5. Garnish with shredded basil and serve with Parmesan cheese, if desired.

steamed chicken breast with herb butter and coconut basmati rice

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I forgot the pickled vegetables.

This dish is made in 2 steps; the rice is cooked in a rice cooker and the chicken is steamed by wrapping each breast in foil then baking the packets in the oven. The original recipe from The Photo Cookbook-Quick and Easy directs steaming packets of chicken over the rice as it cooks. This is tricky, since both rice and chicken cook at different rates depending on the temperature. I thought it would be easier to do them separately. My solution worked, for the chicken and the rice came together wonderfully, with delicate undertones of coconut and herbs. The original recipe called for just a butter-cilantro stuffing. Though I love cilantro, by itself, the taste can be monotonous. The Chinese know this, and often combine it with other herbs such as Chinese celery (kunchai in Thai) and onion. The result is a more complex flavor, however, it lacks that extra bite and tang. The Thai solution is to put in chiles, and I agree with this approach. You want the flavor of chile without burning off your taste buds.

Coconut Rice
2 cups (8 oz each) Basmati rice
1 250ml coconut cream
3 cups chicken stock
1 teaspoon salt

Rinse the rice, if directed to do so. Then put all ingredients in a rice cooker pot, press the button and forget it!

Cook’s Note: If desired, dress up the rice with fried garlic and minced scallion.

Steamed Chicken Breasts with Herb Butter
4 tablespoons butter, softened
1 fresh Thai chile, seeded and chopped (if more heat is desired, leave in the seeds)
1/2 cup chopped fresh cilantro
3 tablespoons chopped Chinese celery stems (reserve leaves to garnish a soup otherwise discard, they are bitter)
3 tablespoons onion, minced
8 boneless chicken breasts
Salt and pepper
8×12 inch square pieces of aluminum foil

Preheat the oven 350˚F/185˚C

To stuff the chicken breasts, slit each chicken breast from the thickest part almost to the end of the thinnest part. The pocket should be about 2 1/2 inches deep at the thickest part. Pat dry with paper towels and set aside.

In a medium bowl, mix together the butter, chile, cilantro, Chinese celery, and onion. Stuff each chicken breast with a generous spoonful of the herb mixture. Sprinkle top and bottom of the breast all over with a pinch of salt and pepper. Place the stuffed chicken breast in the center of a piece of aluminum foil, bring to edges together and fold to seal. Fold and seal each end. Place on a baking tray and repeat with the other chicken breasts.

Place the baking tray in the oven. Do four at a time or at the most, six. Bake about 15-18 minutes. Pierce the thickest part of one chicken packet with an instant read thermometer. The chicken should reach an internal temperature of 165˚F. If not, bake an additional 3-5 minutes.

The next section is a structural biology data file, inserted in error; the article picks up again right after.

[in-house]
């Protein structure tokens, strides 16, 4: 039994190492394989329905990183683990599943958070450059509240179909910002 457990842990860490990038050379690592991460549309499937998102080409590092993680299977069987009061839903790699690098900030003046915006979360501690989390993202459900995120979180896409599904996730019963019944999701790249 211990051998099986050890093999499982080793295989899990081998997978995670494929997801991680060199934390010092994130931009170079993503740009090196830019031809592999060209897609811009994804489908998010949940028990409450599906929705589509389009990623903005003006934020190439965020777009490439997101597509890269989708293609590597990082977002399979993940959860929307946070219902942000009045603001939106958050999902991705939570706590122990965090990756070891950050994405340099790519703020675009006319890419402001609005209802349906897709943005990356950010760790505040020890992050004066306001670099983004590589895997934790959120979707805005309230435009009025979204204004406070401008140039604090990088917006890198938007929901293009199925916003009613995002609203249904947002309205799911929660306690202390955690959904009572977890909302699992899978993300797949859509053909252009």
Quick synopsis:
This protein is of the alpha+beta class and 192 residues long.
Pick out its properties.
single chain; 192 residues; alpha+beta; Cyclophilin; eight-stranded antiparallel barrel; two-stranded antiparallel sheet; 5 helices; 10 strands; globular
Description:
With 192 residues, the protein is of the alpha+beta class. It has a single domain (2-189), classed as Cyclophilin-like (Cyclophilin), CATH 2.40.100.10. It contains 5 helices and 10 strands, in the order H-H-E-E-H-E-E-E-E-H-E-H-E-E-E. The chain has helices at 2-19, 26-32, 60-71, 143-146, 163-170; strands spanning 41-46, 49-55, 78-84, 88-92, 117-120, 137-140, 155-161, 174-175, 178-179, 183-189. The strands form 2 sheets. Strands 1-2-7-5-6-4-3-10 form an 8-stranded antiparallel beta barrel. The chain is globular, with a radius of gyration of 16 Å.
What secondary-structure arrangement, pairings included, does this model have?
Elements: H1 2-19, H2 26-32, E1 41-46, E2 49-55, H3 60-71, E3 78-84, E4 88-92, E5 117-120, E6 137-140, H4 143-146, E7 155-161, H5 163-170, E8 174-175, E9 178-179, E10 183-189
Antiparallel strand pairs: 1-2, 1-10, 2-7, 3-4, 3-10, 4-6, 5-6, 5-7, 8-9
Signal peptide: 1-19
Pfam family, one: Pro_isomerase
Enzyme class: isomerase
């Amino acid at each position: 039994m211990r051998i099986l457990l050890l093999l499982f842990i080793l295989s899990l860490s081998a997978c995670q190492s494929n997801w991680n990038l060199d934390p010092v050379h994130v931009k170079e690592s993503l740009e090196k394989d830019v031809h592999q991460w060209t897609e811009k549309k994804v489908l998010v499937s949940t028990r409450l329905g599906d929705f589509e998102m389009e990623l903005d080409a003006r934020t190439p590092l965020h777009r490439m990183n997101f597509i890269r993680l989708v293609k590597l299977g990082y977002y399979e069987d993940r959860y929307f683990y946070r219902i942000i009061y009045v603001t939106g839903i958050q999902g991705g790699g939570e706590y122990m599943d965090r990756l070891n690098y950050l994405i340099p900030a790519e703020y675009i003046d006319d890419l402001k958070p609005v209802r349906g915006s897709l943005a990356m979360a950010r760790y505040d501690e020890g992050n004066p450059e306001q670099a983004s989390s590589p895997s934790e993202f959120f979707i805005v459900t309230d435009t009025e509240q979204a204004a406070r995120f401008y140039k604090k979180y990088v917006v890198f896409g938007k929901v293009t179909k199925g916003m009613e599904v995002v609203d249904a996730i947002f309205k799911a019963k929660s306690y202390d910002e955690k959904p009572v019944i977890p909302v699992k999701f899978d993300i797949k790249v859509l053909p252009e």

Spoon cooked coconut basmati rice on a plate and place one cooked chicken breast on top; pour reserved juices from the packet on top. Serve with Pickled Vegetables, which as I said,  I forgot.

Pickled Vegetables
1 medium carrot
1 medium cucumber
3 scallions
1/4 cup rice vinegar
4 tablespoons simple syrup

Shred all the vegetables. In a small bowl, combine the vinegar and simple syrup. Pour vinegar mixture over the top of the vegetables and toss to combine.

 

arugula burger

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I put greens underneath this burger, inside it and beside it! When my children were little, I used to make a version of this with spinach called Popeye burgers. This is my low-calorie “healthy” burger made from lean ground pork and arugula or rocket salad as it’s known here, on top of grilled iceberg lettuce served with fresh guacamole on top of mixed salad. . In fact, any kind of greens can go inside the burger patty–spinach (called English spinach in Bangkok supermarkets), and pak khom or Thai spinach. I haven’t tried it but I bet chopped broccoli would be good too.

Prep time: 15 minutes
Cooking time: 10 minutes or 5 minutes per side

1 lb lean ground meat (pork, chicken, or beef)
1 lb rocket salad or arugula, lightly sauteed and chopped coarsely
1 large egg well beaten
2 large cloves garlic, minced
fresh herbs such as thyme and basil
salt and pepper

iceberg lettuce
guacamole

In a medium bowl put the meat, rocket salad, egg, garlic, herbs, and salt and pepper to taste. Mix well and shape into 6 patties. Grill 2-5 minutes on each side.

I served it on top of a slice of grilled iceberg lettuce, and, on the side, some home made guacamole made with crushed avocado, chopped tomatoes, cilantro, scallion; seasoned with lime juice, salt and pepper. It was a simple and easy meal to make.

 

asian style grilled chicken legs

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grilled vegetables, green banana with escovitch sauce, asian style grilled chicken leg

I found this recipe for grilled chicken legs on Skinnytaste and thought it was easy to adapt.  The basic ingredients are soy sauce and vinegar in equal proportions, but you can dress up this marinade any way you like. I’ve made it twice and each time I used what I had on hand. The first time I substituted mirin, a Japanese cooking wine, for the vinegar. The second time I made it I used ordinary white vinegar. I added chopped garlic instead of garlic powder and I found it ramped up the garlic flavor deliciously.